Lesson: Luke 1:46-55
The people of God sing. In the Old and New Testaments, people sing in joy and sorrow, praise and lament. Music is God’s gift to us and in our congregation, we have a long history of appreciating the way music can stir us in a way words alone cannot. And so twice each year we hear the Word of God proclaimed through music – once in the spring and once in December.
Today our New Testament proclamation is in Rutter’s Magnificat. Also known as the Song of Mary, the text for the Magnificat is from Chapter 1 of the Gospel of Luke, verses 46 through 55. After learning from the angel Gabriel that she will bear the child who will be God’s son, Mary goes to visit her cousin Elizabeth. In spite of her advanced years, Elizabeth is pregnant with the child who will grow to be John the Baptist. When Mary speaks to Elizabeth, the child moves within Elizabeth’s womb. Elizabeth praises Mary for her faith, and Mary responds by singing the Magnificat. It’s a joyful song about a whole new order of things: the lowly will be lifted, the proud will be scattered.
John Rutter has said that his intention was to write a Magnificat that suggests Mediterranean sunshine and celebration. The work is full of energetic, syncopated rhythms and strong melodies. Rutter’s inspiration for the work ranges from Bach’s Magnificat to Gregorian chant to Leonard Bernstein’s “West Side Story.” Rutter describes it as having a sense of things Spanish, to be sung, he says, with a little bit of hip swinging. The opening pulls no punches in letting us know this is a joyful work of music. Rutter says he was going after some sense of how Mary herself would have heard it, sung it, felt it.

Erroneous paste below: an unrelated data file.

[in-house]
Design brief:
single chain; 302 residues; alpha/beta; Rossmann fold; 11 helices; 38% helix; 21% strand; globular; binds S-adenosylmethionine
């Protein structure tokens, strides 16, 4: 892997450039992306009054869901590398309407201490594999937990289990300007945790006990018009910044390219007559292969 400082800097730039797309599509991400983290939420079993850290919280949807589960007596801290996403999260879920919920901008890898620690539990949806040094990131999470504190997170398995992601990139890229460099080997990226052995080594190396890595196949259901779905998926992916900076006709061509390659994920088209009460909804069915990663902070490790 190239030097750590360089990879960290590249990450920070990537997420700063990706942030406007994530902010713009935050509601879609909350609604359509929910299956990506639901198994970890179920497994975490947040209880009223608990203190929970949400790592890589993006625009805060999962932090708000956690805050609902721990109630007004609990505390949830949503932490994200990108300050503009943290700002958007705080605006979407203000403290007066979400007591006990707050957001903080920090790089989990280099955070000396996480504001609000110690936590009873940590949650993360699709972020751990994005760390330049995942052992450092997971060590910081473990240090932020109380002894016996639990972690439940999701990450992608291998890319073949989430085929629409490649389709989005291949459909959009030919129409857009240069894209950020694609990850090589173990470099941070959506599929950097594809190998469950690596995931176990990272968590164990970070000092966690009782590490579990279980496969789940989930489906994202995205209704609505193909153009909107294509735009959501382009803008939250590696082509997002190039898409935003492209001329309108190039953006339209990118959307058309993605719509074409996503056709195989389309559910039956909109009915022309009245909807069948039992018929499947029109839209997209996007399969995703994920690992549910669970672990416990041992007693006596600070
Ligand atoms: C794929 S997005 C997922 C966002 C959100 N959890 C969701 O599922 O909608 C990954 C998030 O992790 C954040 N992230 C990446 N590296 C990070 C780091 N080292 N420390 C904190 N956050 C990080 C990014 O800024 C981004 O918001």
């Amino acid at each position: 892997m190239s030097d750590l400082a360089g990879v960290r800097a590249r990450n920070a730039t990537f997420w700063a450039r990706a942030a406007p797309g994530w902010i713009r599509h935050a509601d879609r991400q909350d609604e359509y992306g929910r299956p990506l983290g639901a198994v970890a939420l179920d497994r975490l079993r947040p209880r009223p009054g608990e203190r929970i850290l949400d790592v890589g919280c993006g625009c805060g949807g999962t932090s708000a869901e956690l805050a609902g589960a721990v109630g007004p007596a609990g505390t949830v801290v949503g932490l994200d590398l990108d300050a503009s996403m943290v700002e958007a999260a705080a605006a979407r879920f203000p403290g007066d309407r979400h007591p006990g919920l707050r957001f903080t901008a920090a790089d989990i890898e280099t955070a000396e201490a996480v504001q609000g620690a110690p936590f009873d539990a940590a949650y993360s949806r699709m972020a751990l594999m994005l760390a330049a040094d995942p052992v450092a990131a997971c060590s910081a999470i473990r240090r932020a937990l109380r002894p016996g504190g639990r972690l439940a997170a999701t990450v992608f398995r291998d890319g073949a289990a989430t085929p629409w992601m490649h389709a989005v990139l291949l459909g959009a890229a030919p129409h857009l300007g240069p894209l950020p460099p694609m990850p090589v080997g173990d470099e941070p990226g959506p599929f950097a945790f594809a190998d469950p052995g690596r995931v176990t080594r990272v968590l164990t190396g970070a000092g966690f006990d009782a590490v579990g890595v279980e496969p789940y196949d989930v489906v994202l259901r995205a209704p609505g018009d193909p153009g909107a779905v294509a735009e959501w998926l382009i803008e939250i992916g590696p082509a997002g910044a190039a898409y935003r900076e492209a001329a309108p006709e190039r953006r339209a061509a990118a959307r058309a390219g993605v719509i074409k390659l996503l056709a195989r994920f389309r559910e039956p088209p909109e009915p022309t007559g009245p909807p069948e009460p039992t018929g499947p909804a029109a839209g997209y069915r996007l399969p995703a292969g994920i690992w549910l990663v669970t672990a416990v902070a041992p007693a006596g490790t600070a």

Our Advent theme this year is “Be Still and Know…,” quoting Psalm 46. It is intended as an antidote or even a resistance to the too busy and too much of the holiday season in our culture. So – enough of words, already. Be still, and hear and feel the joy of the Magnificat.
The music from our 2013-12-08 Rutter Magnificat Service has been been uploaded. A player set to start at the Magnificat is at http://www.divshare.com/download/24875697-d68.
To begin playing a selection, click on its name in the list that is within the embedded player. To expose the music before the Magnificat, use the tiny scroll bar within the player. As the end of each selection is reached, the player will continue by playing the next.
You can also listen to the audio playback of the Magnificat on our audio sermon page: http://www.togetherweserve.org/sermon-audio/
 After escaping from the Egyptians and crossing the Red Sea, the people of Israel sang a song to the Lord (Exodus 15). Singing was part of Israel’s formal worship in both tabernacle and temple (1 Chronicles 6:31-32, 16:42). The Psalms bear rich testimony that in joy and sorrow, in praise and lament, the faithful raise their voices in song to God. Jesus and his disciples sang hymns (Matthew 26:30). The Apostle Paul instructed the Colossians, “Let the word of Christ dwell in you richly; teach and admonish one another in all wisdom; and with gratitude in your hearts sing psalms, hymns, and spiritual songs to God. And whatever you do, in word or deed, do everything in the name of the Lord Jesus, giving thanks to God the Father through him” (Colossians 3:16-17). https://www.rca.org/sslpage.aspx?pid=1863.
 Rutter on the Magnificat, http://www.johnrutter.com/video/john-rutter-on-the-magnificat-1-magnificat-anima-mea/.